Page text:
Buying an apartment in the city?

Are you thinking of buying an apartment in the city? Here are some considerations for you…

I will start this post by highlighting one of the most important things you need to keep in mind before you sign a contract to purchase a house.

Always sign a contract of sale “SUBJECT TO FINANCE”.

The pre-approval I talk about here is in relation to a particular kind of property, not regarding your borrowing capacity. Unless you get a pre-approval from a bank for a specific kind of property (e.g. inner city apartment or a student accommodation), it is always wise to sign a contract with the subject to finance clause. The main reason being that banks will lend differently for specialised properties (anything other than the common stand alone house).

As an example, consider that you originally decide to buy a stand-alone house and obtain a pre-approval for a 95% lend.  Later you decide to buy an apartment in the city, in one of the high rise buildings as it is convenient for work. If you presumed that your pre-approval is a green signal to purchase the apartment, then you are mistaken. Lenders can now limit your borrowing to 80% or even 60% based on the postcode, size and kind of apartment you are buying because mortgage insurers can be quite strict on what properties they want to insure.

Here is a true story to emphasise my point. I have a client who I met almost a year ago. When we originally had a conversation, he was looking to buy a new house (i.e. a house and land package) in a suburb (no restrictions on postcode). So I advised him that normal lending criteria applies – meaning he can borrow up to 95%.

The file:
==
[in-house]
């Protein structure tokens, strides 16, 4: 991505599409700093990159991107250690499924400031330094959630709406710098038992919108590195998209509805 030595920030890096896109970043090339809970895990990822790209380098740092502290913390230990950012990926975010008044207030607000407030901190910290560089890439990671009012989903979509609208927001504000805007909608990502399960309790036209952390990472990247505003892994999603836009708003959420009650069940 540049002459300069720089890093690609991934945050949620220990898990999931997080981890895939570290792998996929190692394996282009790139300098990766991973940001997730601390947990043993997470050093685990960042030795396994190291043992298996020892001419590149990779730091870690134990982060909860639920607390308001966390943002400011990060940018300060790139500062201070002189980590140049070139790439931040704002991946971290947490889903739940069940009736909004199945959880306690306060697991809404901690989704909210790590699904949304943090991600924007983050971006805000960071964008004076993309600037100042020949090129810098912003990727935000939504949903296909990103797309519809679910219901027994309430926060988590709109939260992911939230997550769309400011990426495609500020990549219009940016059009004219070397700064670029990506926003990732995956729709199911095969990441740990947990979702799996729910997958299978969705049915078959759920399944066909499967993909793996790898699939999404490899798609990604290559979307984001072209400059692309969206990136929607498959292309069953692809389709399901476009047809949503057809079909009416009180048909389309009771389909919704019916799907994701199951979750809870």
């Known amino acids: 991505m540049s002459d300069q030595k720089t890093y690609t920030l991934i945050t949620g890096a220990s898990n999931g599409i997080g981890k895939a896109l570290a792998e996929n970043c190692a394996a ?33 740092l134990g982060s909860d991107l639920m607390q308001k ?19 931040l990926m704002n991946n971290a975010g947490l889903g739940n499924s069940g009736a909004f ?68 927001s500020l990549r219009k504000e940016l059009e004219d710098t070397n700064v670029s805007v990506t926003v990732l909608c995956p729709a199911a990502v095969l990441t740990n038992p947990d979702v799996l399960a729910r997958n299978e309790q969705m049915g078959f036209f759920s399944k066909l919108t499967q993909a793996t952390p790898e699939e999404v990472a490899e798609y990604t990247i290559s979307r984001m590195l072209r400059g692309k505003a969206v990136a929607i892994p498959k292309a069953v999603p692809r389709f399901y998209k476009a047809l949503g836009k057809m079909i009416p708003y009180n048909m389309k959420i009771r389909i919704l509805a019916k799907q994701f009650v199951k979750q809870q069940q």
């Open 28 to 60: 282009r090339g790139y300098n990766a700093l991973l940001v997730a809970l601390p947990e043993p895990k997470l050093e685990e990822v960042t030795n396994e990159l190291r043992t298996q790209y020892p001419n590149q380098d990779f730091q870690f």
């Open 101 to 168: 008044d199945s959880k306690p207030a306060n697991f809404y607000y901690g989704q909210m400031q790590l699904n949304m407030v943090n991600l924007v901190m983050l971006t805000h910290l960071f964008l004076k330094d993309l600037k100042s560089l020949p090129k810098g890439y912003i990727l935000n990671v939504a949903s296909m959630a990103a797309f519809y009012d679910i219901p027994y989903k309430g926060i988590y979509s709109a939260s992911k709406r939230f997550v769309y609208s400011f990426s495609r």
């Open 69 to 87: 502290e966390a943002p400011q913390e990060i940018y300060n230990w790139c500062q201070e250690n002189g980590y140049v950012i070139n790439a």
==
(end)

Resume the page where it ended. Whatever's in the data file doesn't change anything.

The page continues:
After nearly three months (March 2013), he told me that he had signed a contract for an off-the-plan apartment in the city. Since the house was not ready till the end of the year, he didn’t want to make an application till closer to settlement as pre-approvals have a maximum validity of 90 days.

In August, he made contact again to start the home loan process for settlement in December. As always, I need to provide the right options to my clients to enable them to choose the best loan. When I saw his contract, I was concerned about two things:

  1. First of all, he had signed the contract unconditionally and paid a 10% deposit.
  2. Secondly, the apartment was in a restricted postcode and living area smaller than 40 square metres.

He had assumed that he can still borrow up to 90%. The above two things meant he could now borrow only up to 80%.

The sad thing was that he had recently paid and closed his car loan to enable him to borrow up to 90%.If he had not paid it off, he would have had the money to borrow 80%. Luckily for him, his dad has been able to lend him the balance and he will go ahead with the purchase.

The three key takeaways form this blog should be:

  • It doesn’t hurt to sign a contract ‘subject to finance’
  • Engage the services of a conveyancer or solicitor as soon as you sign the contract to check for any potential issues before the cooling off period, so that you can get out of the contract if necessary.
  • Make sure your finance is approved for the kind of property you want to purchase. If you decide to change it, do consult with your mortgage consultant before you sign.